How do you get rid of a sebaceous cyst on a dog?

There are three main ways that you can help your dog get rid of a sebaceous cyst.

The way you choose most often depends on its size, your dog’s comfort, and your vet’s recommendation on seeing it:

  • Drain and heal
  • Wait it out
  • Surgical removal

Drain and heal

A vet will use medical-grade tools to pierce the cyst and drain it safely.

Sometimes your dog might be put under anesthesia if needed to help keep them steady.

In most cases, local pain relief is offered to keep your dog from noticing what’s going on.

Once the cyst is drained, the vet will prescribe antibiotics to prevent any infection while it heals, and it will scab and fall off over days or weeks. 

Wait it out

This is typically the first approach your vet will take.

Waiting to see if it drains or simply goes away on its own is noninvasive, free, and doesn’t stress out your dog.

If the cyst isn’t in a problem spot, this is the most recommended option for pet parents and their dogs to consider.

Surgical removal

In cases where the cyst returns continuously, or it is causing pain to the dog (or the vet feels that something is wrong), they can recommend surgery.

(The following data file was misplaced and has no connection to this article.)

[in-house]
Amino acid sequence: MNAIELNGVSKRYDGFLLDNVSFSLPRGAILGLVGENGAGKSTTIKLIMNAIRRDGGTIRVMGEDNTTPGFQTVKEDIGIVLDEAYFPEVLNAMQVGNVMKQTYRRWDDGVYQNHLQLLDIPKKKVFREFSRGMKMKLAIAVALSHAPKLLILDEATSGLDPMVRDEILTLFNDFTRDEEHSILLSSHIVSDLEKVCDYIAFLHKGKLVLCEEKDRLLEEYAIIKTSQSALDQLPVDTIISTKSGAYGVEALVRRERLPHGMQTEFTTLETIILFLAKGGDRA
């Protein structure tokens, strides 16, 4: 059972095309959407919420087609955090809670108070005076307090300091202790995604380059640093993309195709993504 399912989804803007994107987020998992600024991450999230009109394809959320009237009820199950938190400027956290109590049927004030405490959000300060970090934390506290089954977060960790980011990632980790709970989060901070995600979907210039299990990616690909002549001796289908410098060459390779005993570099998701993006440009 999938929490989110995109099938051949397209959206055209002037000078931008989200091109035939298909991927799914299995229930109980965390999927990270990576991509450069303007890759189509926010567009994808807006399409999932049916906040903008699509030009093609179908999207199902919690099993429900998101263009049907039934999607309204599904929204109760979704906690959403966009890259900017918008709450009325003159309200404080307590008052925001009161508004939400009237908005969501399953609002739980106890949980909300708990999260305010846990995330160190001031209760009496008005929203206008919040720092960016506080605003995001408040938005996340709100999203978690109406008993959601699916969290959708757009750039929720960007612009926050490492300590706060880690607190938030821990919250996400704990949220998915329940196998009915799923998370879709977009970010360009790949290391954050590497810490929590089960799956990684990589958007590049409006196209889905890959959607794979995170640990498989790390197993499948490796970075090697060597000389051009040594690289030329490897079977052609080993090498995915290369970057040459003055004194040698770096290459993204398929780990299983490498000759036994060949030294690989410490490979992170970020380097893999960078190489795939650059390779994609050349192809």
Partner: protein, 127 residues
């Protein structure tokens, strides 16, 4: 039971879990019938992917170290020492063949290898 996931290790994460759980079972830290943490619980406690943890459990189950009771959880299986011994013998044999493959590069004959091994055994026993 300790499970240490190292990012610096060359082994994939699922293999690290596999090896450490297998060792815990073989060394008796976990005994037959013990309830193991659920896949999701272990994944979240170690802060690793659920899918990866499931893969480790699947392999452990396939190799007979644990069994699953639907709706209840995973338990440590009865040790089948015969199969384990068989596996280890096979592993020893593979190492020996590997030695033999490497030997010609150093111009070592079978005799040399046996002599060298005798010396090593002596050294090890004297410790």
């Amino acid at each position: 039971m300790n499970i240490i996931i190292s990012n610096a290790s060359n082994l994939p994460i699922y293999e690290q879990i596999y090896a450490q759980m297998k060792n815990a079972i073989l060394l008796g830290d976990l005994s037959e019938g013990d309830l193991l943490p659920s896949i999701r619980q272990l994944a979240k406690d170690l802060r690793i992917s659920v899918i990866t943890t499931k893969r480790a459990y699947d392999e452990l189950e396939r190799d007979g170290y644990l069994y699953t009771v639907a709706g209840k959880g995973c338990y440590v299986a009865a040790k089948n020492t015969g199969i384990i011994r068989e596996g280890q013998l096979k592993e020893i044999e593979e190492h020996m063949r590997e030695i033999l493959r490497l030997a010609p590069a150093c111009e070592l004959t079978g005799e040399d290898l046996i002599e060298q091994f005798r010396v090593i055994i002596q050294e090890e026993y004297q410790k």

In this case, it will be cut free from your dog so that nothing can grow back. Antibiotics will follow up the surgery to help keep the site clean as it heals.

How do you treat a cyst on a dog?

If you’re in a situation where the cyst bursts on its own at home, you’ll want to call your vet and book your dog in for an appointment as soon as you can.

In the meantime, however, you can simply keep the area clean and as dry as possible. If your dog is picking at it, consider a cone or another kind of therapeutic option that will block him from attacking the wound as it heals.

The better care you take of it at home, the better chances will be at avoiding infection.

Why do old dogs get sebaceous cysts?

As mentioned, dogs at any age can get sebaceous cysts. However, senior dogs are much more likely to have this problem.